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I'd like to know if there is any good (and freely available) text, on how to obtain motion vectors of macro blocks in raw video stream. This is often used in video compression, although my application of it is not video encoding.

Code that does this is available in OSS codecs, but understanding the method by reading the code is kinda hard.

My actual goal is to determine camera motion in 2D projection space, assuming the camera is only changing it's orientation (NOT the position). What I'd like to do is divide the frames into macro blocks, obtain their motion vectors, and get the camera motion by averaging those vectors.

I guess OpenCV could help with this problem, but it's not available on my target platform.

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up vote 3 down vote accepted

The usual way is simple brute force: Compare a macro block to each macro block from the reference frame and use the one that gives the smallest residual error. The code gets complex primarily because this is usually the slowest part of mv-based compression, so they put a lot of work into optimizing it, often at the expense of anything even approaching readability.

Especially for real-time compression, some reduce the workload a bit by (for example) restricting the search to the original position +/- some maximum delta. This can often gain quite a bit of compression speed in exchange for a fairly small loss of compression.

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And then I believe the blocks are compared using a sum of absolute differences of the pixel values. Yes? – phkahler Apr 12 '11 at 17:16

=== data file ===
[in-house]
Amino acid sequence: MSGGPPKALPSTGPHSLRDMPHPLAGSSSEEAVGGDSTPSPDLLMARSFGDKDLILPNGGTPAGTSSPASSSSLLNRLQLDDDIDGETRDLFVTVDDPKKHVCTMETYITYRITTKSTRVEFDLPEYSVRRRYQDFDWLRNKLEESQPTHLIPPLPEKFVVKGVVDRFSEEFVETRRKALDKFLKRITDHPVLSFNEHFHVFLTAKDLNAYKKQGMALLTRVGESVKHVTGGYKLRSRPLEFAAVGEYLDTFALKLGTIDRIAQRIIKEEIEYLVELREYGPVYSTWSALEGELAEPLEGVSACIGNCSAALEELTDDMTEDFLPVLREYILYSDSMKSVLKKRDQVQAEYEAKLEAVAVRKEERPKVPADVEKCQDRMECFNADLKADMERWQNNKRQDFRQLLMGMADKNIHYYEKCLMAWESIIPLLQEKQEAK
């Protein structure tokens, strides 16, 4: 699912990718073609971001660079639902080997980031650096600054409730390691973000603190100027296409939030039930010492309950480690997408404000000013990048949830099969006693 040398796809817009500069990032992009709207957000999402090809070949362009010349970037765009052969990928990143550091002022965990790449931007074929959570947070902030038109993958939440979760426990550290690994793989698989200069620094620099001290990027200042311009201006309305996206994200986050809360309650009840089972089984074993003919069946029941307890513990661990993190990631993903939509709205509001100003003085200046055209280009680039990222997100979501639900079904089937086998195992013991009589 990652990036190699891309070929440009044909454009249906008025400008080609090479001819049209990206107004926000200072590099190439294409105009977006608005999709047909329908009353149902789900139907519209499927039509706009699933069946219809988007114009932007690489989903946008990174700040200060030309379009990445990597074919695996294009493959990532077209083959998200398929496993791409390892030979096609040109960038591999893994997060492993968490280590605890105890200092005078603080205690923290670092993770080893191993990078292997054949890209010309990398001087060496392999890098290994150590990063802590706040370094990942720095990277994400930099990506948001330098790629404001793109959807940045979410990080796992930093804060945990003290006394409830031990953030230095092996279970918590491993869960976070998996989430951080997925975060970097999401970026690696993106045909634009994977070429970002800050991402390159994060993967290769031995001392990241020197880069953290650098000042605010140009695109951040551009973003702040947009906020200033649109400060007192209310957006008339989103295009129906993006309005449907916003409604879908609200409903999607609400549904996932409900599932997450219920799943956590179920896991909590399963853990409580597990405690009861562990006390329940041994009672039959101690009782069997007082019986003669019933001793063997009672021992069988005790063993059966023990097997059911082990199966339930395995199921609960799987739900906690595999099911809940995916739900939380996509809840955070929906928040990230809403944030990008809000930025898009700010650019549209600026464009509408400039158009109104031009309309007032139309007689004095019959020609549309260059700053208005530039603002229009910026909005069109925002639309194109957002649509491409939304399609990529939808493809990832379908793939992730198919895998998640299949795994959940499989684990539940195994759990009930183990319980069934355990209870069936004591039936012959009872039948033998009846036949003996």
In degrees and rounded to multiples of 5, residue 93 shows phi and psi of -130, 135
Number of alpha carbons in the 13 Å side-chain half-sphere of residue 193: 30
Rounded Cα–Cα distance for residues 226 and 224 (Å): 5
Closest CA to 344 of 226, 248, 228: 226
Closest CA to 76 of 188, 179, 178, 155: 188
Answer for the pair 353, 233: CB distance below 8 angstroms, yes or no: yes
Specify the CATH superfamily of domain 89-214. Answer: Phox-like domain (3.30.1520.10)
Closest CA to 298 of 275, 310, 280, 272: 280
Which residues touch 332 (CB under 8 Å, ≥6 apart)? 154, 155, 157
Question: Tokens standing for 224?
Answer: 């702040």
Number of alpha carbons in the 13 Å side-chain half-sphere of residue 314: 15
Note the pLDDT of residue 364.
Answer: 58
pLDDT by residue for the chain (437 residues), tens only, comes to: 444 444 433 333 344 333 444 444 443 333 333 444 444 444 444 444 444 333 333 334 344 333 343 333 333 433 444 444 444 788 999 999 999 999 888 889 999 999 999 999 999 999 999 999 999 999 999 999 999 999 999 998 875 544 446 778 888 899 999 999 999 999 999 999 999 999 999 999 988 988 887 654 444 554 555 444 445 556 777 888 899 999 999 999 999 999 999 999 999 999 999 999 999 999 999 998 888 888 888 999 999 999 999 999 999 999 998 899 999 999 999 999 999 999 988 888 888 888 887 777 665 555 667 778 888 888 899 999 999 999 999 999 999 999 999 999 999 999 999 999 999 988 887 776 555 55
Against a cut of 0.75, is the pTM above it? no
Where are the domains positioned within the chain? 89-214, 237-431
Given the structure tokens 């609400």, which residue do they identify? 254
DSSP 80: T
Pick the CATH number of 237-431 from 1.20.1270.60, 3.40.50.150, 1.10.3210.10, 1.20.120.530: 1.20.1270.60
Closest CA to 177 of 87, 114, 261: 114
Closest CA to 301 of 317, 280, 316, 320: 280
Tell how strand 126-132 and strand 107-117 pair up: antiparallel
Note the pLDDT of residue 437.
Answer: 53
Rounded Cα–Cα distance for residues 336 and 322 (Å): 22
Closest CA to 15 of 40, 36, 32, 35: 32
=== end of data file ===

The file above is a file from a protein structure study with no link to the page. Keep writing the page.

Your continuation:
@phkahler: Some work with the absolute differences in pixels, others do the DCT and quantization first, then work with the absolute difference of coefficients. In the end, the two end up roughly equivalent though... – Jerry Coffin Apr 12 '11 at 17:28
    
@jerry That's how I thought it could work, but again, this problem needs more study as I've no idea how to obtain what you call "smallest residual error". I was thinking of hashing each block in a way that allows me measuring distance between blocks, where similarity is the distance. Then finding the closest one within some spatial delta will give me the motion vector. So how could I do that? – skrat Apr 12 '11 at 18:25
    
@skrat: For a first attempt, you normally want to do what @phkahler mentions: simply walk through each block and add up the absolute values of the differences between corresponding pixels. If you can figure out a hash that'll let you properly characterize the distances, I'm pretty sure you can make enough off of that to retire. I'm not saying it can't be done, but AFAIK, no such thing is currently known. – Jerry Coffin Apr 12 '11 at 18:32
    
@jerry Yes, that makes sense. If I may dig deeper, the question that bites me the most: Will I only get vectors with magnitudes equal to multiples of size of the block? – skrat Apr 12 '11 at 18:39

If you assume only camera motion, I suspect there is something possible with analysis of the FFT of successive images. For frequencies whose amplitudes have not changed much, the phase information will indicate the camera motion. Not sure if this will help with camera rotation, but lateral and vertical motion can probably be computed. There will be difficulties due to new information appearing on one edge and disappearing on the other and I'm not sure how much that will hurt. This is speculative thinking in response to your question, so I have no proof or references :-)

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Sounds like you're doing a very limited SLAM project?

Lots of reading matter at Bristol University, Imperial College, Oxford University for example - you might find their approaches to finding and matching candidate features from frame to frame of interest - much more robust than simple sums of absolute differences.

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For the most low-level algorithms of this type the term you are looking for is optical flow and one of the easiest algorithms of that class is the Lucas Kanade algorithm.

This is a pretty good overview presentation that should give you plenty of ideas for an algorithm that does what you need

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